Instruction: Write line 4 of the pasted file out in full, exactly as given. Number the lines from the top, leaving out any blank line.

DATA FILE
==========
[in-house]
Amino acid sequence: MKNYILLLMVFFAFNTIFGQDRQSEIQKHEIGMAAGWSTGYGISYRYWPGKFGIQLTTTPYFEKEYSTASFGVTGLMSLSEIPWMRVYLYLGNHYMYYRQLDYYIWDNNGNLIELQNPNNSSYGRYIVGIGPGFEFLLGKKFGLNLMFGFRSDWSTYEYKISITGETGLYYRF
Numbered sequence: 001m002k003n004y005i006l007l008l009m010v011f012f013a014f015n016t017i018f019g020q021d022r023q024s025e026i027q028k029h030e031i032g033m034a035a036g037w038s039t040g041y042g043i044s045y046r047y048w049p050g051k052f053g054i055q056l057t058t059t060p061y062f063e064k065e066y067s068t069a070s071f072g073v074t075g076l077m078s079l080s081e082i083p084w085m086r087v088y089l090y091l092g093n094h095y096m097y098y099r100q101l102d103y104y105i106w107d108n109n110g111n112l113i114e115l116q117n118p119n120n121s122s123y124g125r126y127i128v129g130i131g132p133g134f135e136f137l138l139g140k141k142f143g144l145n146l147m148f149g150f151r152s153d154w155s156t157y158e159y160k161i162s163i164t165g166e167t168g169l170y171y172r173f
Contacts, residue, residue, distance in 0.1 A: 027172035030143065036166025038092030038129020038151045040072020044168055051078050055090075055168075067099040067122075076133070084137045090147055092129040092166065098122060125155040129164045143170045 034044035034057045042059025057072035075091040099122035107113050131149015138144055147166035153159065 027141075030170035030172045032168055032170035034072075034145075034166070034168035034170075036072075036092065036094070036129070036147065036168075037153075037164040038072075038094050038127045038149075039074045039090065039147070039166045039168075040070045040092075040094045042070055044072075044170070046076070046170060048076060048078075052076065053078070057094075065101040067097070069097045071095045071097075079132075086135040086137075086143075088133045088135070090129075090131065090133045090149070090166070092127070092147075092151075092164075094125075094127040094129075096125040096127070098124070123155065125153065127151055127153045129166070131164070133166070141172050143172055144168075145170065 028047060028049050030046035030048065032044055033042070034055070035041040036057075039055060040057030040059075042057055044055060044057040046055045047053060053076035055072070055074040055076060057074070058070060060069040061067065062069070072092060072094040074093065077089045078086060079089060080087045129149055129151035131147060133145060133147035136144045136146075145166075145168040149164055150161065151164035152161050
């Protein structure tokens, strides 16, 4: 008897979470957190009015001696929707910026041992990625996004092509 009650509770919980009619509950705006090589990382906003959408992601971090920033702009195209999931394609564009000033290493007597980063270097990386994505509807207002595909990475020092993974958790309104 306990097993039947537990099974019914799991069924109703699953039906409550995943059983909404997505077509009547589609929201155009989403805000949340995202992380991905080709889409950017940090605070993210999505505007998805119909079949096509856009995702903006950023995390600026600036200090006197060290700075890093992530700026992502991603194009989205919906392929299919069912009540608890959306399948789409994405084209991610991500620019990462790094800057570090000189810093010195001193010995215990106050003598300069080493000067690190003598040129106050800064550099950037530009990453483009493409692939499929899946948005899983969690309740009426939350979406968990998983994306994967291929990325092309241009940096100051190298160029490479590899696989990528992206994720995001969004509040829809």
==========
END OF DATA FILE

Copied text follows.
Contacts, residue, residue, distance in 0.1 A: 027172035030143065036166025038092030038129020038151045040072020044168055051078050055090075055168075067099040067122075076133070084137045090147055092129040092166065098122060125155040129164045143170045 034044035034057045042059025057072035075091040099122035107113050131149015138144055147166035153159065 027141075030170035030172045032168055032170035034072075034145075034166070034168035034170075036072075036092065036094070036129070036147065036168075037153075037164040038072075038094050038127045038149075039074045039090065039147070039166045039168075040070045040092075040094045042070055044072075044170070046076070046170060048076060048078075052076065053078070057094075065101040067097070069097045071095045071097075079132075086135040086137075086143075088133045088135070090129075090131065090133045090149070090166070092127070092147075092151075092164075094125075094127040094129075096125040096127070098124070123155065125153065127151055127153045129166070131164070133166070141172050143172055144168075145170065 028047060028049050030046035030048065032044055033042070034055070035041040036057075039055060040057030040059075042057055044055060044057040046055045047053060053076035055072070055074040055076060057074070058070060060069040061067065062069070072092060072094040074093065077089045078086060079089060080087045129149055129151035131147060133145060133147035136144045136146075145166075145168040149164055150161065151164035152161050